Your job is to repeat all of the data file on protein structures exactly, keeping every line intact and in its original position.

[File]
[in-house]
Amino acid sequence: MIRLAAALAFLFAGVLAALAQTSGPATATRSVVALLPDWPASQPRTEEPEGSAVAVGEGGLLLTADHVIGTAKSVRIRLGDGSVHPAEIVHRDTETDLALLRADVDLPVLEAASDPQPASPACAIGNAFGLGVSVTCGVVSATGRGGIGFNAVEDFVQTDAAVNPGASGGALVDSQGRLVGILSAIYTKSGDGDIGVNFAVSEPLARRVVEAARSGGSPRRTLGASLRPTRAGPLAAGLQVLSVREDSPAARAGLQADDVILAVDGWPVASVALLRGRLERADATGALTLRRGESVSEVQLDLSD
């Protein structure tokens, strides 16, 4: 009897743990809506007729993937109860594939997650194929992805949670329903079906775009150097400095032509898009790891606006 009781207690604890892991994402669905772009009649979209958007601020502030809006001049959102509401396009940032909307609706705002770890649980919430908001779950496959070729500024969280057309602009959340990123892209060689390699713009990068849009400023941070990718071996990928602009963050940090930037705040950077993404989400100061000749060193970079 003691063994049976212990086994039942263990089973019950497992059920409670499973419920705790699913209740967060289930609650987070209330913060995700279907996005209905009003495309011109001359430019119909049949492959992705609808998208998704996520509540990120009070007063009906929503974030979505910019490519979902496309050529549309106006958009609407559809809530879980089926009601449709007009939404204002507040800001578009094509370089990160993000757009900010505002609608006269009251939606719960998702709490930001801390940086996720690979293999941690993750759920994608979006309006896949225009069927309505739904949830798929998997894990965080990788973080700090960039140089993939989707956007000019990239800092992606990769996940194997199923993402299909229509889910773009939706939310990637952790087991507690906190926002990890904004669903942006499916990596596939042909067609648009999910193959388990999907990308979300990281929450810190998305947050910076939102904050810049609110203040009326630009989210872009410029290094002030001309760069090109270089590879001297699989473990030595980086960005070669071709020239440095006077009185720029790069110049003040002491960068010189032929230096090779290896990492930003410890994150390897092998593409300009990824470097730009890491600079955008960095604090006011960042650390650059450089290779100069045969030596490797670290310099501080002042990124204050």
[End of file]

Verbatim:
[in-house]
Amino acid sequence: MIRLAAALAFLFAGVLAALAQTSGPATATRSVVALLPDWPASQPRTEEPEGSAVAVGEGGLLLTADHVIGTAKSVRIRLGDGSVHPAEIVHRDTETDLALLRADVDLPVLEAASDPQPASPACAIGNAFGLGVSVTCGVVSATGRGGIGFNAVEDFVQTDAAVNPGASGGALVDSQGRLVGILSAIYTKSGDGDIGVNFAVSEPLARRVVEAARSGGSPRRTLGASLRPTRAGPLAAGLQVLSVREDSPAARAGLQADDVILAVDGWPVASVALLRGRLERADATGALTLRRGESVSEVQLDLSD
């Protein structure tokens, strides 16, 4: 009897743990809506007729993937109860594939997650194929992805949670329903079906775009150097400095032509898009790891606006 009781207690604890892991994402669905772009009649979209958007601020502030809006001049959102509401396009940032909307609706705002770890649980919430908001779950496959070729500024969280057309602009959340990123892209060689390699713009990068849009400023941070990718071996990928602009963050940090930037705040950077993404989400100061000749060193970079 003691063994049976212990086994039942263990089973019950497992059920409670499973419920705790699913209740967060289930609650987070209330913060995700279907996005209905009003495309011109001359430019119909049949492959992705609808998208998704996520509540990120009070007063009906929503974030979505910019490519979902496309050529549309106006958009609407559809809530879980089926009601449709007009939404204002507040800001578009094509370089990160993000757009900010505002609608006269009251939606719960998702709490930001801390940086996720690979293999941690993750759920994608979006309006896949225009069927309505739904949830798929998997894990965080990788973080700090960039140089993939989707956007000019990239800092992606990769996940194997199923993402299909229509889910773009939706939310990637952790087991507690906190926002990890904004669903942006499916990596596939042909067609648009999910193959388990999907990308979300990281929450810190998305947050910076939102904050810049609110203040009326630009989210872009410029290094002030001309760069090109270089590879001297699989473990030595980086960005070669071709020239440095006077009185720029790069110049003040002491960068010189032929230096090779290896990492930003410890994150390897092998593409300009990824470097730009890491600079955008960095604090006011960042650390650059450089290779100069045969030596490797670290310099501080002042990124204050």